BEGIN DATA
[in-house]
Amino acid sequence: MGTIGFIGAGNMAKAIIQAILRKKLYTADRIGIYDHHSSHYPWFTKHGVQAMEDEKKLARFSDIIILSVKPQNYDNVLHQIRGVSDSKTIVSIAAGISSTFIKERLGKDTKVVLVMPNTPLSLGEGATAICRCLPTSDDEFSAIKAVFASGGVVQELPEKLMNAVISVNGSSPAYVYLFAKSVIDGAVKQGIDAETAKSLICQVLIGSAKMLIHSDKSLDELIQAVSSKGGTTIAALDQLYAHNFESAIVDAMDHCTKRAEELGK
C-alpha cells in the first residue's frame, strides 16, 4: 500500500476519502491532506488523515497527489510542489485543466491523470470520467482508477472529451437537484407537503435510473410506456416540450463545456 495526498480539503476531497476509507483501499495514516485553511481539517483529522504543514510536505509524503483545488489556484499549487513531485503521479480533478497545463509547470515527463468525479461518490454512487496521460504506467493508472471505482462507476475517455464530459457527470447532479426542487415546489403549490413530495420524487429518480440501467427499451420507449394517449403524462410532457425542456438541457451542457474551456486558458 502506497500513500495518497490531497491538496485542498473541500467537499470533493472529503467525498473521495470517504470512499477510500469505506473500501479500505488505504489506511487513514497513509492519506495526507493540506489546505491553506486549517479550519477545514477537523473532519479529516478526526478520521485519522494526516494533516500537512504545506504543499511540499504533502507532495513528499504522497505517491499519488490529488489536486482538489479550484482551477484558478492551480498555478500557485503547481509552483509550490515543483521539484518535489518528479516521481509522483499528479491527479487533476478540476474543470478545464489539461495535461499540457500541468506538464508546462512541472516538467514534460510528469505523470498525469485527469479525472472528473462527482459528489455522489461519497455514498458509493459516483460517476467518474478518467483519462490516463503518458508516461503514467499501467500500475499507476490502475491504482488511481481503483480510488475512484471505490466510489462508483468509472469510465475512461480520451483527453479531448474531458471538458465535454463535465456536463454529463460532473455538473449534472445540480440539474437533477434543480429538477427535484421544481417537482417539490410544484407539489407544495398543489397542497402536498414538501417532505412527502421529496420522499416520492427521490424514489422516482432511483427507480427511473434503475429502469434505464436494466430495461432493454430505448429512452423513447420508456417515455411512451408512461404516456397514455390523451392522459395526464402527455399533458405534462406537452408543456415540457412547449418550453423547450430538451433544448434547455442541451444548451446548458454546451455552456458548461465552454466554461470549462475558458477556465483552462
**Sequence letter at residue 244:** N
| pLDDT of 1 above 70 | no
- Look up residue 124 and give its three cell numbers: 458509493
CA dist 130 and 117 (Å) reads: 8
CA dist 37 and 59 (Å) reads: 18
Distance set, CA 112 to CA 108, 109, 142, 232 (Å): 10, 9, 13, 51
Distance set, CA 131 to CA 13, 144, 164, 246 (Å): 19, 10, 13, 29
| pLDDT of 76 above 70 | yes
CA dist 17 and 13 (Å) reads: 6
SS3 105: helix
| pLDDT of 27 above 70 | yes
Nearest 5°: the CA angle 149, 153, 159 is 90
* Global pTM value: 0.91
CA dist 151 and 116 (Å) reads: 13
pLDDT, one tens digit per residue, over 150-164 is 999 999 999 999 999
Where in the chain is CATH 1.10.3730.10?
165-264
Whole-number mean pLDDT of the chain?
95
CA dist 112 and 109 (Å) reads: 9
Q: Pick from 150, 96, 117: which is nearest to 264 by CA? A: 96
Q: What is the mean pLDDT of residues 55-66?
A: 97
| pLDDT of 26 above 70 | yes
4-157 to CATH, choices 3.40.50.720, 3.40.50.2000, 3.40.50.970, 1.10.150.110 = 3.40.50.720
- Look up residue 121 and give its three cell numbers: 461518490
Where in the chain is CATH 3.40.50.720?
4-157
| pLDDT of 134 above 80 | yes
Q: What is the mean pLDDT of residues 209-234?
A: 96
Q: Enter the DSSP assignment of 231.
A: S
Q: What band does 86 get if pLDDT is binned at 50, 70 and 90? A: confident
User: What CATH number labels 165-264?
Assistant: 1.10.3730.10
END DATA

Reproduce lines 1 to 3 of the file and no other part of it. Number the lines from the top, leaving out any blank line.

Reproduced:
[in-house]
Amino acid sequence: MGTIGFIGAGNMAKAIIQAILRKKLYTADRIGIYDHHSSHYPWFTKHGVQAMEDEKKLARFSDIIILSVKPQNYDNVLHQIRGVSDSKTIVSIAAGISSTFIKERLGKDTKVVLVMPNTPLSLGEGATAICRCLPTSDDEFSAIKAVFASGGVVQELPEKLMNAVISVNGSSPAYVYLFAKSVIDGAVKQGIDAETAKSLICQVLIGSAKMLIHSDKSLDELIQAVSSKGGTTIAALDQLYAHNFESAIVDAMDHCTKRAEELGK
C-alpha cells in the first residue's frame, strides 16, 4: 500500500476519502491532506488523515497527489510542489485543466491523470470520467482508477472529451437537484407537503435510473410506456416540450463545456 495526498480539503476531497476509507483501499495514516485553511481539517483529522504543514510536505509524503483545488489556484499549487513531485503521479480533478497545463509547470515527463468525479461518490454512487496521460504506467493508472471505482462507476475517455464530459457527470447532479426542487415546489403549490413530495420524487429518480440501467427499451420507449394517449403524462410532457425542456438541457451542457474551456486558458 502506497500513500495518497490531497491538496485542498473541500467537499470533493472529503467525498473521495470517504470512499477510500469505506473500501479500505488505504489506511487513514497513509492519506495526507493540506489546505491553506486549517479550519477545514477537523473532519479529516478526526478520521485519522494526516494533516500537512504545506504543499511540499504533502507532495513528499504522497505517491499519488490529488489536486482538489479550484482551477484558478492551480498555478500557485503547481509552483509550490515543483521539484518535489518528479516521481509522483499528479491527479487533476478540476474543470478545464489539461495535461499540457500541468506538464508546462512541472516538467514534460510528469505523470498525469485527469479525472472528473462527482459528489455522489461519497455514498458509493459516483460517476467518474478518467483519462490516463503518458508516461503514467499501467500500475499507476490502475491504482488511481481503483480510488475512484471505490466510489462508483468509472469510465475512461480520451483527453479531448474531458471538458465535454463535465456536463454529463460532473455538473449534472445540480440539474437533477434543480429538477427535484421544481417537482417539490410544484407539489407544495398543489397542497402536498414538501417532505412527502421529496420522499416520492427521490424514489422516482432511483427507480427511473434503475429502469434505464436494466430495461432493454430505448429512452423513447420508456417515455411512451408512461404516456397514455390523451392522459395526464402527455399533458405534462406537452408543456415540457412547449418550453423547450430538451433544448434547455442541451444548451446548458454546451455552456458548461465552454466554461470549462475558458477556465483552462